Monthly Archives: July 2013

A moral dilemma

Posted July 31, 2013

A recent article in the Kitchener/Waterloo Record stated that the Region of Waterloo was losing $1,166,300 million a year with its wet waste being processed in Guelph’s Organic Waste Processing Facility (OWPF).

Three years ago, the Region decided it wanted to process its organic material and requested proposals from Hamilton and Guelph.

The Hamilton proposal was a pay-as-you-go arrangement with no set amount to be shipped. The Guelph proposal included a fixed amount of wet waste feedstock pegged at 20,000 tonnes over ten years.

In its wisdom, the Regional council decided to accept the Guelph proposal. Then came trouble, they were only able to ship 9,100 tonnes as only 15 to 35 per cent participated in the Region’s “green bin” collection system that contains organic materials.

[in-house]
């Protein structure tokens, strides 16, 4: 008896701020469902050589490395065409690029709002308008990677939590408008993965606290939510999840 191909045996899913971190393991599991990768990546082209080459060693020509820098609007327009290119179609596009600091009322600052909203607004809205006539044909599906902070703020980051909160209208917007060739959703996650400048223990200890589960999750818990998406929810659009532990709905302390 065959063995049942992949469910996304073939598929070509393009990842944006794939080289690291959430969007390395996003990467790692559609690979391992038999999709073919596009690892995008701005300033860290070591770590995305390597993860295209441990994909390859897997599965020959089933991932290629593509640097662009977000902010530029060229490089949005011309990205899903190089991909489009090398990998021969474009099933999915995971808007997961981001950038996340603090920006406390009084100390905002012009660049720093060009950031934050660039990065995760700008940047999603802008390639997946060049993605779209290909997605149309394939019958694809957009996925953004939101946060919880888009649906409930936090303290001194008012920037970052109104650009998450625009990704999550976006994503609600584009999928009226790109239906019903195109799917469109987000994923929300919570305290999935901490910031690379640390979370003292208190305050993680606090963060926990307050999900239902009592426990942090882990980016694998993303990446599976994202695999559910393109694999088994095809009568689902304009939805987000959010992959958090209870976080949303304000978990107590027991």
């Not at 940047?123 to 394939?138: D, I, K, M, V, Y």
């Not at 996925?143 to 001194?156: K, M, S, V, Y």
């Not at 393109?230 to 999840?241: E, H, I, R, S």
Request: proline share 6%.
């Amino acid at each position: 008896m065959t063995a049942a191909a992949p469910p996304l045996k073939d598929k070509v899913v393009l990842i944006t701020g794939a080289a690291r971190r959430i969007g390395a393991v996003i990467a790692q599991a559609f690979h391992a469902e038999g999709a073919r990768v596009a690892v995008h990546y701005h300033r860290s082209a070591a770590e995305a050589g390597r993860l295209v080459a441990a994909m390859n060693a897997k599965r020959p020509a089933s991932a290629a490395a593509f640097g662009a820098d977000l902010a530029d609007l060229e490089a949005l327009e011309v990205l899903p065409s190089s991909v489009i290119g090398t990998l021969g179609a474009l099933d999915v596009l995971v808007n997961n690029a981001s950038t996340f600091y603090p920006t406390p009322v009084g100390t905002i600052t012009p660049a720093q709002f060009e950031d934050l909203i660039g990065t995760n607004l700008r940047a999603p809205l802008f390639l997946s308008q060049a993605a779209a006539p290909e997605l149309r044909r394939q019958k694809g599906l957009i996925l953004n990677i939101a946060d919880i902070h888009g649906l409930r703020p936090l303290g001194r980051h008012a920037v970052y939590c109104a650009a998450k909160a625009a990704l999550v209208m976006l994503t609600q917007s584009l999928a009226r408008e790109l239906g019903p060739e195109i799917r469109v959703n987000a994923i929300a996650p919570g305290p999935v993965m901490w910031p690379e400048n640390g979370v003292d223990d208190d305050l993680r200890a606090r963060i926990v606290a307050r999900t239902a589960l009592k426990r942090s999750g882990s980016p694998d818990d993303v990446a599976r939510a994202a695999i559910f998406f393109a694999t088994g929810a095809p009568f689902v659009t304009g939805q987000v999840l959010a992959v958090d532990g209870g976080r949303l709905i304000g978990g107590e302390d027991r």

They still have to pay $107 a tonne regardless if the Region uses its contracted tonnage or not. The Regional contract with Guelph is worth $2,140,000 a year. The shortfall of tonnage amounts to a loss to the Region of $1,166,300.

A few weeks ago, Guelph waste management general manager, Dean Wyman, announced the city was seeking to sell capacity processing waste from other municipalities. This perplexed folks who believed the capacity of the plant was taken with the city of Guelph processing 10,000 tonnes and the Region of Waterloo providing 20,000. Guelph has maintained the capacity of the plant is 30,000 tonnes per year.

To recover the cost of the lack of wet waste volume, the Region still owns 20,000 tonnes of capacity at the OWPF and should be able to control its share. Instead, the Guelph waste management team decided to sell the tonnage not being utilized by the Region.